After the effective time, our Common Stock will have a new Committee on Uniform Securities Identification Procedures (CUSIP) number, which is a number used to identify our equity securities, and stock certificates with the older CUSIP number will need to be exchanged for shares of Common Stock with the new CUSIP number by following the procedures described below. However, until such exchange
is made, the old stock certificates will automatically represent the new, post-split number of shares. After the Reverse Stock Split, we will continue to file periodic reports and comply with other requirements of the Exchange Act. Our Common Stock will continue to be listed on NASDAQ under the symbol “TWMC”.
Authorized Shares of Stock
The Reverse Stock Split would affect all issued and outstanding shares of Common Stock and outstanding rights to acquire Common Stock. We will not change the number of shares of Common Stock currently authorized. However, upon the effectiveness of the reverse stock split, the number of authorized shares of Common Stock that are not issued or outstanding would increase due to the reduction in the number of shares of Common Stock issued and outstanding as a result of the reverse stock split.
As of May 10, 2019, we have 200,000,000 shares of authorized Common Stock, of which 36,258,839 shares of Common Stock, par value $0.01 per share, were issued and outstanding. If we issue additional shares, the ownership interest of holders of Common Stock will be diluted.
We will reserve for issuance any authorized but unissued shares of Common Stock that would be made available as a result of the proposed Reverse Stock Split.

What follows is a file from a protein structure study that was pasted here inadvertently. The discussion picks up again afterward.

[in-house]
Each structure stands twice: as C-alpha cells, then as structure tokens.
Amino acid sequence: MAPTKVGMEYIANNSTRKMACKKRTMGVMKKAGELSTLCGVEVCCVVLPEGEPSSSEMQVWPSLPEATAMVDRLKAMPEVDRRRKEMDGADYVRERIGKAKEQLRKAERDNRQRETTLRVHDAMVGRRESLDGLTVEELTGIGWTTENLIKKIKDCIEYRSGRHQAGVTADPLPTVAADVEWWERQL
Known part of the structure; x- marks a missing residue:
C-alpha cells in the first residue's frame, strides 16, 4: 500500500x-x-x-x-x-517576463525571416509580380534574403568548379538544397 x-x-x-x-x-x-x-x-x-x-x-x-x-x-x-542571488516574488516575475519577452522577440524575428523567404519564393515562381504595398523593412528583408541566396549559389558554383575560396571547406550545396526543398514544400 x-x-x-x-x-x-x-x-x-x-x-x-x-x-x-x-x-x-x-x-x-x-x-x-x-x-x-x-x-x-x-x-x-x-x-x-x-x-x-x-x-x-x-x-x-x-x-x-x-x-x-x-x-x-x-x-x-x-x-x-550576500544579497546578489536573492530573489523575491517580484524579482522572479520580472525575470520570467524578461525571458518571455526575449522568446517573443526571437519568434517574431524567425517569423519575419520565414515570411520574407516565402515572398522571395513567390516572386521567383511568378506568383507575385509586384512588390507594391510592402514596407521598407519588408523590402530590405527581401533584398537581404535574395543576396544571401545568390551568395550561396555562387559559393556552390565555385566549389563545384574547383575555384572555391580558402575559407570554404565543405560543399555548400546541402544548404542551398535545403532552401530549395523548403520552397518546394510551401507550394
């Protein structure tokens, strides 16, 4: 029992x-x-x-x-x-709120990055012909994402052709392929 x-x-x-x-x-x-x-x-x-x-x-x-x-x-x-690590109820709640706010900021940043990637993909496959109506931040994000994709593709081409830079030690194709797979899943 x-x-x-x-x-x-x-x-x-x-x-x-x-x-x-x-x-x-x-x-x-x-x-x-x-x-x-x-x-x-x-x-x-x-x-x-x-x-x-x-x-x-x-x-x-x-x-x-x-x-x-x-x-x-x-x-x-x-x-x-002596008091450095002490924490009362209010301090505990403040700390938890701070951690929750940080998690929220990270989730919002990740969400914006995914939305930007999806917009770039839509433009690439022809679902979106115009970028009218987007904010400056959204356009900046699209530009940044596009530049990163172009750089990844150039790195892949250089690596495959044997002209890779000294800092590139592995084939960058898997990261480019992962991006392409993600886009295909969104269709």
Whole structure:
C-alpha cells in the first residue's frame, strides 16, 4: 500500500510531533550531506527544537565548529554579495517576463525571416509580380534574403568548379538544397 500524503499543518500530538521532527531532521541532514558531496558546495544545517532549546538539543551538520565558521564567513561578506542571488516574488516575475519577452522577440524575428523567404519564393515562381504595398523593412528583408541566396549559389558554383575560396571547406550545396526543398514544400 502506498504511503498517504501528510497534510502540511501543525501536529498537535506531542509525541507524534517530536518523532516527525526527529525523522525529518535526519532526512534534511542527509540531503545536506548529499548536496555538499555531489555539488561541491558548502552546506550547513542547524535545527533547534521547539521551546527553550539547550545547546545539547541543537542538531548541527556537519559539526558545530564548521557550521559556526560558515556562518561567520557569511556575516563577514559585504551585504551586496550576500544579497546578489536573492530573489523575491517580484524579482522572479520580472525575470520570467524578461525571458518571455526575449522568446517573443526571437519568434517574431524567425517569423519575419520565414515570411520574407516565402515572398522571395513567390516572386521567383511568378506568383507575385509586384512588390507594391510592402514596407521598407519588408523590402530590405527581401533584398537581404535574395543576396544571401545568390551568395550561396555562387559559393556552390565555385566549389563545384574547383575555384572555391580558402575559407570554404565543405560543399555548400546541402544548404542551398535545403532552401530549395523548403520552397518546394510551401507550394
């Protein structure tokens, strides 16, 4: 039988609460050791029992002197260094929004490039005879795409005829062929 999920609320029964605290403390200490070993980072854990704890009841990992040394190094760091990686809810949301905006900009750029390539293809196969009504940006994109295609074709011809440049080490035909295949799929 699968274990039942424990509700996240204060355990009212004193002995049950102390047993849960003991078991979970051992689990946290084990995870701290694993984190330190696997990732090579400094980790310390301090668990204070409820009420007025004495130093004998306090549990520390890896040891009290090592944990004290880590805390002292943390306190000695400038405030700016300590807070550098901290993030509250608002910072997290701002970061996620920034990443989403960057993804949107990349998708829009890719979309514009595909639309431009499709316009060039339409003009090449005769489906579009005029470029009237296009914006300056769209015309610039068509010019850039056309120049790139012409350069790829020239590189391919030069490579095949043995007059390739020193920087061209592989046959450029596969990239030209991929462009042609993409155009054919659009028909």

We do not have any plans, arrangements or understandings for the remaining portion of the authorized but unissued shares that will be available following the Reverse Stock Split.
Procedure for Effecting the Proposed Stock Split and Exchange of Stock Certificates
If shareholders approve this proposal and our Board of Directors does not otherwise abandon the amendment contemplating the reverse stock split, we will file with the New York Secretary of State a Certificate of Amendment to our Certificate of Incorporation, in the form attached to this proxy statement as Appendix A to this Proxy Statement. The Reverse Stock Split will become effective at the time and on the date of filing of, or at such later time as is specified in, the Certificate of Amendment, which we refer to as the “effective time.” Beginning at the effective time, each certificate representing shares of Common Stock will be deemed for all corporate purposes to evidence ownership of the number of whole shares into which the shares previously represented by the certificate were combined pursuant to the Reverse Stock Split.
Upon the Reverse Stock Split, we intend to treat shareholders holding our Common Stock in “street name,” through a bank, broker or other nominee, in the same manner as registered shareholders whose shares are registered in their names. Banks, brokers or other nominees will be instructed to effect the Reverse Stock Split for their beneficial holders holding our Common Stock in “street name.” However, these banks, brokers or other nominees may have different procedures than registered shareholders for processing the reverse stock split. If you hold your shares with a bank, broker or other nominee and if you have any questions in this regard, we encourage you to contact your nominee.
Following the Reverse Stock Split, shareholders holding physical certificates must exchange those certificates for new certificates.
Our transfer agent will advise registered shareholders of the procedures to be followed to exchange certificates in a letter of transmittal to be sent to shareholders. No new certificates will be issued to a shareholder until the shareholder has surrendered the shareholder’s outstanding certificate(s), together with the properly completed and executed letter of transmittal, to the transfer agent. Any old shares submitted for transfer, whether pursuant to a sale, other disposition or otherwise, will automatically be
exchanged for new shares.Shareholders should not destroy any stock certificate(s) and should not submit any certificate(s) until requested to do so.